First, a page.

CULTURE, spotlight -

Jody dishes up culture through cuisine

Cooking and bush foods guru Jody Orcher will be one of the star attractions at a new mini-festival at the Sydney Opera House.

The Ularai/Barkandji woman from Brewarrina in north-west New South Wales is renowned for her knowledge of cooking and bush foods.

She will join a panel of scientific, culinary and environmental experts to discuss a range of topics from ethical eating to genetically modified crops at the Fixing Food Festival on July 14.

The mini-festival of talks will see contemporary food fads and local and global food issues come under the microscope.

Other panellists will include New York Times-bestselling author Sarah Wilson and Professor Grant Brinkworth from the CSIRO.

The panel ticket includes a specially curated lunch box created from Indigenous and locally sourced ingredients.
Ms Orcher told NIT this week bush food had become “almost like the new gourmet super food”.

Foods such as finger limes had become a favourite with chefs.

“I did a talk with some chefs and they love finger limes,” she says.

“Finger limes are like one of those new things that have come out and people are using them and stuff but it’s about the intellectual property, about acknowledging and recognising where that food comes from and how it’s used and why it was used and how it was prepared traditionally as well.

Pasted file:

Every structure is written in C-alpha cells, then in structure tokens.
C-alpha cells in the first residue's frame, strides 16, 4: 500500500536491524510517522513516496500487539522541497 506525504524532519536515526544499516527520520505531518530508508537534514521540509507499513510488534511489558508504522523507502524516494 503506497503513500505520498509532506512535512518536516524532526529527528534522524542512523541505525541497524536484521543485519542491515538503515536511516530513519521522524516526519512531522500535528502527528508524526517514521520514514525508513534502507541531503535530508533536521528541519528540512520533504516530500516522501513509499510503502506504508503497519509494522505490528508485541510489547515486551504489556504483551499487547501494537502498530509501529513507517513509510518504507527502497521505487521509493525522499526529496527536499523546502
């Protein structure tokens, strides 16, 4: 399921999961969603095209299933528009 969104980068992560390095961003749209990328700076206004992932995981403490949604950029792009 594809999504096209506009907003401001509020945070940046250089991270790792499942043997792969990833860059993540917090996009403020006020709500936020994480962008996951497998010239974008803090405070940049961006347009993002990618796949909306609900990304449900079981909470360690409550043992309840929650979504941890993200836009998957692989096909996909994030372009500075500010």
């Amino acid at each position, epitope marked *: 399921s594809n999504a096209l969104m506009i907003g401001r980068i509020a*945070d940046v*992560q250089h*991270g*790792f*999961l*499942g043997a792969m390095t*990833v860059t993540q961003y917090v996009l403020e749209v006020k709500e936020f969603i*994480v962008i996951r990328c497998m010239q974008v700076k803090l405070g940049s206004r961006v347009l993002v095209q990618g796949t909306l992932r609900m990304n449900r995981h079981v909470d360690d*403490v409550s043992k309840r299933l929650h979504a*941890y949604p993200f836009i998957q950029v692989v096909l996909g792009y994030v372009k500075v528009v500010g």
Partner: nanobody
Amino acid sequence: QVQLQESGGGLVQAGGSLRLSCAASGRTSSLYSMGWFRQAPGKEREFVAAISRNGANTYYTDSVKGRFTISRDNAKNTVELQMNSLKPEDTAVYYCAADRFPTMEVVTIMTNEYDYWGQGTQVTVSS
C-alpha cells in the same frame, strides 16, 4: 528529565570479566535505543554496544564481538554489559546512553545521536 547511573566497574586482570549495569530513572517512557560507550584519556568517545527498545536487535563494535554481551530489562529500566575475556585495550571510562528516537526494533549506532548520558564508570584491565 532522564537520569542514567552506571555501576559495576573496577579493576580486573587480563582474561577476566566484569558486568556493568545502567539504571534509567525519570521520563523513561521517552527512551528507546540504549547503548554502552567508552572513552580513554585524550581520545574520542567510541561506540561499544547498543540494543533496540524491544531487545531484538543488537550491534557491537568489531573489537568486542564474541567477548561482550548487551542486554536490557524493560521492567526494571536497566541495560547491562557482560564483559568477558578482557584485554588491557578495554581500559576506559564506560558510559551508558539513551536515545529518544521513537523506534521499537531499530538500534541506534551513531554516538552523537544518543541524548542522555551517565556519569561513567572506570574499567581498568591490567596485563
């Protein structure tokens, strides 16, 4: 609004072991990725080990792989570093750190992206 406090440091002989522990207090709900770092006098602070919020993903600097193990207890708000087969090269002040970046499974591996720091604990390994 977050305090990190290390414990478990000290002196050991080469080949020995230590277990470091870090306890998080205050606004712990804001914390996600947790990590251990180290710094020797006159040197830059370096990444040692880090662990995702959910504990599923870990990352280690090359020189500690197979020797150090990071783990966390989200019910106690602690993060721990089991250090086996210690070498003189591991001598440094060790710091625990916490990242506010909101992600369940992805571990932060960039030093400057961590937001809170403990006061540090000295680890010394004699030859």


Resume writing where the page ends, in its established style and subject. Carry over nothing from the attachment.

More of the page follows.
“A lot of our foods have a lot of traditional plus medicinal value and (for) survival.

“A lot of our trees and plants, we used to make tools and weapons and things like that, so all these different types of things all around that people don’t know.

“I think it’s sort of like almost disrespectful if you don’t acknowledge the country and where it comes from.

“I always say, where you can, acknowledge the regions and that it is a traditional bush food and where we can support community.

“We might be able to provide that general information of what that food is, but if it went into culture and things we could provide the Aboriginal name for the food, what it was used for, if it was only with men or women or hunting, either for survival, medicinal or nutritional value and then how it was used.

“I think it would be really important for people to acknowledge when they are using food and bush food.”

Other speakers on the day will include Oxford-based Mark Lynas, who will talk on genetically modified food, and British food and environmental writer Louise Gray, who will discuss her book The Ethical Carnivore.


Wendy Caccetta


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